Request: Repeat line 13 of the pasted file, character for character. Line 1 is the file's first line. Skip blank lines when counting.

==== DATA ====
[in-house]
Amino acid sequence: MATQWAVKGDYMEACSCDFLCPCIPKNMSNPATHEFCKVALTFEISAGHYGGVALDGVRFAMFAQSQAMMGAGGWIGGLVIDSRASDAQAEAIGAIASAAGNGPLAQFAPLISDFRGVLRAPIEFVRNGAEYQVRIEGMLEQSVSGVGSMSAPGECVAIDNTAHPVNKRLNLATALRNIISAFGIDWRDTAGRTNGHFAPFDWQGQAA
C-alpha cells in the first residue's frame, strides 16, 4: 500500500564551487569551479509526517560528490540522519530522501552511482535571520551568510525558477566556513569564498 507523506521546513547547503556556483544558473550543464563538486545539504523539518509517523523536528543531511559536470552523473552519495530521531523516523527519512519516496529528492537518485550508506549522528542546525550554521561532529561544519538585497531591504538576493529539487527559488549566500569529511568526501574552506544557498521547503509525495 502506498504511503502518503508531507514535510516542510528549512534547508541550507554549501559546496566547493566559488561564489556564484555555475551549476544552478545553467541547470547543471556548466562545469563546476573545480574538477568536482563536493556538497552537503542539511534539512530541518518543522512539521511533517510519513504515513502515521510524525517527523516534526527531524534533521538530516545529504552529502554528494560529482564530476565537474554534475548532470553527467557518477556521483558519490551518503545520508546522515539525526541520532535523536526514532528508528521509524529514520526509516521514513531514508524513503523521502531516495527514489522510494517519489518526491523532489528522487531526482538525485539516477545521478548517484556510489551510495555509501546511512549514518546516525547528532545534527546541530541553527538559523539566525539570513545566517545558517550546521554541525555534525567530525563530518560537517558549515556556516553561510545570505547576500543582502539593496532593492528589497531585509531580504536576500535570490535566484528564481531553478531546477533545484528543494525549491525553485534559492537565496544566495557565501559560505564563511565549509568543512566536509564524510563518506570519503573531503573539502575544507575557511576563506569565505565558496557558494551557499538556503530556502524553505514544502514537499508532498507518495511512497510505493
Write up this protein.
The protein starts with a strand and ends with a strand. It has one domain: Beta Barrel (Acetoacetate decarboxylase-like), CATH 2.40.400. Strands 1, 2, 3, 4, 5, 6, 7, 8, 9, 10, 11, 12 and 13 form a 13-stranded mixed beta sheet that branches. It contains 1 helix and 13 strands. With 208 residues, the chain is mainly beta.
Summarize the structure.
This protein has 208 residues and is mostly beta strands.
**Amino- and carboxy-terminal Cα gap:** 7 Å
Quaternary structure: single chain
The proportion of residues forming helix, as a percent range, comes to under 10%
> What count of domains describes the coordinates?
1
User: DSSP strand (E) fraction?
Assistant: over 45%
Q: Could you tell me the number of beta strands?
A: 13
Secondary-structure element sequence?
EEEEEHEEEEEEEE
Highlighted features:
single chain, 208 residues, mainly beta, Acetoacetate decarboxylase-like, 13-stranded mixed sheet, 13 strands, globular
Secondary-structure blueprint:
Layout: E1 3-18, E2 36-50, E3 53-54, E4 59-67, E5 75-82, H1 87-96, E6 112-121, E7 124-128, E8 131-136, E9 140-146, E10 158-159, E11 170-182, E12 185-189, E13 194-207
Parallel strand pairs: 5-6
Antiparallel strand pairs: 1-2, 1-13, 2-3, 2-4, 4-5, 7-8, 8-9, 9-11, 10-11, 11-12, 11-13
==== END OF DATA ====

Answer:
User: DSSP strand (E) fraction?